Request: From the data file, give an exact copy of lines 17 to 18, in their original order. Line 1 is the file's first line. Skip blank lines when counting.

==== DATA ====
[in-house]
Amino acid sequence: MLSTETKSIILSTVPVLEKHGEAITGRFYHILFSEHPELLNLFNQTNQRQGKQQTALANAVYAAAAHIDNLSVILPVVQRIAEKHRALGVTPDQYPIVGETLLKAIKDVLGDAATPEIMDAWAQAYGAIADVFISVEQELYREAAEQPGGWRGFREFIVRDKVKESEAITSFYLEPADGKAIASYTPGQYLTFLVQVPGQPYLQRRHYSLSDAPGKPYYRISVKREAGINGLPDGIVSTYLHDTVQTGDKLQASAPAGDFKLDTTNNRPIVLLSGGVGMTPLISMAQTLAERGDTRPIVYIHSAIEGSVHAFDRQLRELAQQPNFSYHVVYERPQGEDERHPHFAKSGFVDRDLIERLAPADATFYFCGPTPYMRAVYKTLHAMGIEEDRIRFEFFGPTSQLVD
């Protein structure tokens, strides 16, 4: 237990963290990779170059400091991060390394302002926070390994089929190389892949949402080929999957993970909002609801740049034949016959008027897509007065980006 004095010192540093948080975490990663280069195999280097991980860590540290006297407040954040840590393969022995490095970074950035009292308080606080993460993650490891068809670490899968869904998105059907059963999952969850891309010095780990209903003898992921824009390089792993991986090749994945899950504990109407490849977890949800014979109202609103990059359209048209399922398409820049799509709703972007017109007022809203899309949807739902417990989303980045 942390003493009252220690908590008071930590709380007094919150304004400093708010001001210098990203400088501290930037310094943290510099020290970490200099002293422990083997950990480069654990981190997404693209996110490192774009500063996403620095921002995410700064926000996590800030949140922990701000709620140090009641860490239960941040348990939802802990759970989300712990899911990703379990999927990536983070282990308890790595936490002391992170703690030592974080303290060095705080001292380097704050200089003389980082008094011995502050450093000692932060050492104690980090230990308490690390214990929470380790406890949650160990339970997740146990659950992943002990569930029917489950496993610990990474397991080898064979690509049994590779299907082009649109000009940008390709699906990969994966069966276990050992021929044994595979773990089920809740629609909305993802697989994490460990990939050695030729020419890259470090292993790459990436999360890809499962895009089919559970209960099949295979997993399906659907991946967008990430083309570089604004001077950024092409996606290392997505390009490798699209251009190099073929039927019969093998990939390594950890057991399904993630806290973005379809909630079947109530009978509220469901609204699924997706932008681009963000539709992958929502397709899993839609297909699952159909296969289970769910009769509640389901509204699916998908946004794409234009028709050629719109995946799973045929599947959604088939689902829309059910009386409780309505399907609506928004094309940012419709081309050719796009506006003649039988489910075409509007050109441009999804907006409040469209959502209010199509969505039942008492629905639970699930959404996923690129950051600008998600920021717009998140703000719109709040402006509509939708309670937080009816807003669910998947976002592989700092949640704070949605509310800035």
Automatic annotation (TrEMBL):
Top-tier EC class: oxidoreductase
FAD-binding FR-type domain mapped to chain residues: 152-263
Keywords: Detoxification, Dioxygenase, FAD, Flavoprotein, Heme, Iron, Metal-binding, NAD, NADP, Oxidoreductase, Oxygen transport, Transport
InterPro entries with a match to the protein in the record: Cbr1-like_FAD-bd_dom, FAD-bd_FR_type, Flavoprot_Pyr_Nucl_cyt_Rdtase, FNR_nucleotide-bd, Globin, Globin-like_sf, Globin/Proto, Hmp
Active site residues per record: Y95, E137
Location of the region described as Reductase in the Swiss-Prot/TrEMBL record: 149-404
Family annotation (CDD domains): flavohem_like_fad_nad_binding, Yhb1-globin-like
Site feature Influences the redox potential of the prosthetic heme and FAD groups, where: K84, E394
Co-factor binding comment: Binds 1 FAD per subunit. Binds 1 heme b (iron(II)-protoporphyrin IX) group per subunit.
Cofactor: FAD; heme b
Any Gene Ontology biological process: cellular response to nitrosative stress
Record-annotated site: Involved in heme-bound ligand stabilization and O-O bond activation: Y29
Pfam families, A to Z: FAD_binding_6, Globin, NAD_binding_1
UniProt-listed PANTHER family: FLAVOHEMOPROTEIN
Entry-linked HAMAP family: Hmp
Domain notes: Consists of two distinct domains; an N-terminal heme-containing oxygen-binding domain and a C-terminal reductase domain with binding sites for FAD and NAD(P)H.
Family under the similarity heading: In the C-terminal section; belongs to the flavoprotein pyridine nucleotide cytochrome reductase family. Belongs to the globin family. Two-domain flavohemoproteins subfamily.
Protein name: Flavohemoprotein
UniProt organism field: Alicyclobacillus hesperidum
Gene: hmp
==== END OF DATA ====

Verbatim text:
Pfam families, A to Z: FAD_binding_6, Globin, NAD_binding_1
UniProt-listed PANTHER family: FLAVOHEMOPROTEIN